Providing for the animals’ needs

As mentioned above, there is a legal duty to provide for the needs of animals which includes:

• The need for a suitable diet including water

• The need for a suitable environment

• The need to express normal behaviour

• The need to be with or without other animals (including humans)

• The need to be free from pain, injury, suffering or disease

Failure to provide for these needs may cause unnecessary stress and may lead to distress and suffering. When engaging an animal trainer/provider it should be made clear who will provide the facilities to ensure the above needs are met.

An animal welfare risk assessment, (sometimes referred to as an animal welfare impact assessment to distinguish it from a health and safety risk assessment) can help to recognise who is responsible and what actions can be taken to reduce the risk to welfare, and it may be required to comply with licencing regulations. The animal welfare adviser and trainer/supplier should be able to assist you in completing these documents.

A Street Cat Named Bob

Health and safety

Depending on the species, animals can bite, scratch, squash, trample or poison as a fight-or-flight response to poor handling, restraint and/or environmental conditions. Without the right health and safety precautions in place, those exposed may include the crew, the trainer/provider or members of the public who may be present (audiences) or nearby (outside broadcasts).

Proper planning, involving the trainer/provider, the animal welfare adviser, your health and safety adviser and the production crew, should be carried out at the earliest opportunity and constantly reviewed to reduce the risk of accidents and injury. Correct training of animals and staff prior to production will reduce risk.

Training and transport

Whilst your production may not have direct responsibility for either training or transport, correct procedures for both can reduce time and risk.

All training should be based on rewarding desired behaviour and ignoring unwanted behaviour. Trainers should be competent in handling the species and familiar with the most progressive and humane training methods. Prior to filming, animals should be habituated to the stimuli and environment they will be exposed to.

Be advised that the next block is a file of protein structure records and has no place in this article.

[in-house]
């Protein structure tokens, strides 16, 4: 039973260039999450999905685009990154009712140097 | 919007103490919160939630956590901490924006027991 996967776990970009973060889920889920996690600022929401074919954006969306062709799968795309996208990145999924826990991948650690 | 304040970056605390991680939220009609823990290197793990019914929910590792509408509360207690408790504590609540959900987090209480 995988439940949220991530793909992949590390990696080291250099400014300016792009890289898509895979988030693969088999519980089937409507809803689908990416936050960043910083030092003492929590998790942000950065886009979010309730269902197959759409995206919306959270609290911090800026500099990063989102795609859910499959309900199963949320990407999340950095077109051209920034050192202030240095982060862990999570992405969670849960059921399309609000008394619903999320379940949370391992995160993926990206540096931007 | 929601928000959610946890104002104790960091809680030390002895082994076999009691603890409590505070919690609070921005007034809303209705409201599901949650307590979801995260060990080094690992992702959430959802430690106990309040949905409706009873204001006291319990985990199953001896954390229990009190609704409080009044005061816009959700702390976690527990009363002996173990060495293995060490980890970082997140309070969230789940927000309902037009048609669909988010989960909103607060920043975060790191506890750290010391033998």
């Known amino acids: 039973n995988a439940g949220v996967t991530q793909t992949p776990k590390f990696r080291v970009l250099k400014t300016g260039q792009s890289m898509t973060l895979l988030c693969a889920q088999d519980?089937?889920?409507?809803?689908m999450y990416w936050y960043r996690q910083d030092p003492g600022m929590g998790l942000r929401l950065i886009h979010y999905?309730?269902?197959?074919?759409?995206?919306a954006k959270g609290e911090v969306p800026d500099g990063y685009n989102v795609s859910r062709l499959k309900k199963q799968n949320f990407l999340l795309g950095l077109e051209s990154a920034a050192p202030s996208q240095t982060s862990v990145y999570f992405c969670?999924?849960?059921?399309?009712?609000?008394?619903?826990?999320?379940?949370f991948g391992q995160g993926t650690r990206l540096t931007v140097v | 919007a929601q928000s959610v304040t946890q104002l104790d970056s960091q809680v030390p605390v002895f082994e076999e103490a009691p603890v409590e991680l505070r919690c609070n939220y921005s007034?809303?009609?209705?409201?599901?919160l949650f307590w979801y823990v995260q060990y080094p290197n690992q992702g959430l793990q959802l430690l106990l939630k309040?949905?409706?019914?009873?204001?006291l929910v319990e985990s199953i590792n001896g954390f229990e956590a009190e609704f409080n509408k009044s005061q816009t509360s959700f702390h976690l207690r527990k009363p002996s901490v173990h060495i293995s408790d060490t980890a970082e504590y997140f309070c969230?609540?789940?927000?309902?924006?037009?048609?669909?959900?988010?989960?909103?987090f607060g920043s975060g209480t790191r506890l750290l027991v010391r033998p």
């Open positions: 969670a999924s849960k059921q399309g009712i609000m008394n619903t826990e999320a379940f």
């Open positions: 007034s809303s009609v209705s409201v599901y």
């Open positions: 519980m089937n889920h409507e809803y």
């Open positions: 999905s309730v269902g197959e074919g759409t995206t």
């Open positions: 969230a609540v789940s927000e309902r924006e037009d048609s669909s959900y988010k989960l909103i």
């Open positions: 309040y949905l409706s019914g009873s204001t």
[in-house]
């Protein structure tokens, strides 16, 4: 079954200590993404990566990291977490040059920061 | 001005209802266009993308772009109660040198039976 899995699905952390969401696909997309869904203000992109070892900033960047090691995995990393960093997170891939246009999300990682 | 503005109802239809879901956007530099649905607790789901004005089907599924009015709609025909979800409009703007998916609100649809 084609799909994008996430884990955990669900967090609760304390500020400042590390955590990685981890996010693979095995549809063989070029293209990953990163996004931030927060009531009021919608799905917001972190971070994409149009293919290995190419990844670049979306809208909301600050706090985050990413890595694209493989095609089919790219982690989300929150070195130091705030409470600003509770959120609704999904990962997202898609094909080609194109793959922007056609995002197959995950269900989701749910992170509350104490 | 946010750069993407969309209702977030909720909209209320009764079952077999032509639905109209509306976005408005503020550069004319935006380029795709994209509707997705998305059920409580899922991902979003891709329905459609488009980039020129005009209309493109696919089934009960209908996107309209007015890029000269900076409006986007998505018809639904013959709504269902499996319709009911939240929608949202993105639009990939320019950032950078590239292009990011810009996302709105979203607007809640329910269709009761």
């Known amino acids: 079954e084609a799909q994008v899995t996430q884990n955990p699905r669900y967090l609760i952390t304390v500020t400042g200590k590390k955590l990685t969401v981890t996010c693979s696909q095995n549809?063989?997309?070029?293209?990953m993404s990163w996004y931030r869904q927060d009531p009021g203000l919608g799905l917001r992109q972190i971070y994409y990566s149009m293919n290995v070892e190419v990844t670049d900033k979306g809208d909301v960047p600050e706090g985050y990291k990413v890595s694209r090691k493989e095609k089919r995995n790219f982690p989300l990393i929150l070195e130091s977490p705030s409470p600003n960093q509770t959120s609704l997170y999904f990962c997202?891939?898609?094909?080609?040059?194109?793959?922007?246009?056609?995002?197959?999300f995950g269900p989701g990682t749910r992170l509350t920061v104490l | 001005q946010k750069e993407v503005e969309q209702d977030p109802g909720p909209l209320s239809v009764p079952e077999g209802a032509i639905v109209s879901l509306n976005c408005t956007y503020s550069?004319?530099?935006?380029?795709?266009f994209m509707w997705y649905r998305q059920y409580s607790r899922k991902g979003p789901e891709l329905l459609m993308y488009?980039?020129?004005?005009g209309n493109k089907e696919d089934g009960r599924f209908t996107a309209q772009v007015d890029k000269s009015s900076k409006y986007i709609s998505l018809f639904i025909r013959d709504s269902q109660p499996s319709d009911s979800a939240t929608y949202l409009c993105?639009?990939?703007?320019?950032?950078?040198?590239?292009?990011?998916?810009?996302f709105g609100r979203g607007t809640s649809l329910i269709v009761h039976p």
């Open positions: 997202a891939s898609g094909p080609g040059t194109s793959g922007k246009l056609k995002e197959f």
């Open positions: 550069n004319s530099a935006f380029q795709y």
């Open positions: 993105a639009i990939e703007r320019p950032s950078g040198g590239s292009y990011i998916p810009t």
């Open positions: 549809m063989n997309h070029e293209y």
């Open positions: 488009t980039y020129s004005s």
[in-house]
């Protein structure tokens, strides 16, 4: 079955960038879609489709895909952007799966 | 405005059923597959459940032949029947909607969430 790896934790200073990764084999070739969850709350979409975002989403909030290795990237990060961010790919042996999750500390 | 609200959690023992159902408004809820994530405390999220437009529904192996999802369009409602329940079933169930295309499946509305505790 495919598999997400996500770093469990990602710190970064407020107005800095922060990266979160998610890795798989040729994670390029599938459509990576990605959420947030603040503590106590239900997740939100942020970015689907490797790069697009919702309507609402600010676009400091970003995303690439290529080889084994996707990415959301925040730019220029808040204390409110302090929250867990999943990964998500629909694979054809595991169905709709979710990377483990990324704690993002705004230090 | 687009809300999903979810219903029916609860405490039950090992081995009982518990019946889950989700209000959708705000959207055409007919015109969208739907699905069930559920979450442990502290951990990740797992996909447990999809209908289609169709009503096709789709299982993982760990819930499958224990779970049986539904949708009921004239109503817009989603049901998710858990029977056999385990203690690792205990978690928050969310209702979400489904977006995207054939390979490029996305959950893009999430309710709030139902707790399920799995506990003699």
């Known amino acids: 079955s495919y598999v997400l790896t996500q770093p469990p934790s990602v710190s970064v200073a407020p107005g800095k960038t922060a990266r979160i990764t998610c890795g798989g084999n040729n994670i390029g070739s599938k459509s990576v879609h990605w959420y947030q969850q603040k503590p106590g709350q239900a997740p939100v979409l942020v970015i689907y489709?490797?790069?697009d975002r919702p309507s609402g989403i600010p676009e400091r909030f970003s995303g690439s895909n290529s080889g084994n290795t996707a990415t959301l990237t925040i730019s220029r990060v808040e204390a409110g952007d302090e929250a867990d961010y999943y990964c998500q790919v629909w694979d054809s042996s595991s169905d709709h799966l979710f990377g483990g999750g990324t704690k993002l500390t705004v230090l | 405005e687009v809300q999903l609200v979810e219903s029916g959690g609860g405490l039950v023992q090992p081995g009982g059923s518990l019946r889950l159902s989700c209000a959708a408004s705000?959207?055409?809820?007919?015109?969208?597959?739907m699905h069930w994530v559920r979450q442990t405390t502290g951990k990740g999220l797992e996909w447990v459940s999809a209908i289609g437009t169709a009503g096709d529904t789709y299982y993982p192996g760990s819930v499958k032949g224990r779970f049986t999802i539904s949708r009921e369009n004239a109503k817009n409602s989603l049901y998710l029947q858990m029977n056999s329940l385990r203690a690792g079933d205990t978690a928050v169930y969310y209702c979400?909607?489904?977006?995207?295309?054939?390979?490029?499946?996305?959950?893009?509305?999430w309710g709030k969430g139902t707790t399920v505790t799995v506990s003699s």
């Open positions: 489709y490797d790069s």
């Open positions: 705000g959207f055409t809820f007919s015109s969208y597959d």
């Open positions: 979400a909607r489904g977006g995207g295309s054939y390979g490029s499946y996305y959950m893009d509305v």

Animals must be fit to travel before and during transport and this may require veterinary sign-off prior to travel. Depending on the species, distance and time involved, paperwork may be required by the transporter, copies of which should be shown to production. Most animals find transportation stressful and therefore it should be kept to a minimum.

Downton Abbey


The best way to succeed when working with animals is good planning, good preparation and good communication

With regards to legislation, there is some guidance and codes of practice on the .gov website ( This has links to lots of welfare-related legislation and codes of practice.

Any other legislation can be found at

With regards to guidelines, there are a few organisations that offer points that may be relevant. Below are a few links that may be of use: (standards are based on American welfare)

BBC guidance –

In relation to insurances, the licensing of animal trainers in England does require them to have public liability insurance, but Gordon suggests that productions should inform their insurance companies that they are using animals as this may affect their cover.

We would like to thank Jody Gordon for his time and expertise.

Photo credits: Lennart Tange/Creative Commons (sheep), Jacqui Bickles-Smith (llama); BBC Media Centre (Poldark); Sony Pictures Entertainment (A Street Cat Named Bob); Carnival Films/ITV (Downton Abbey).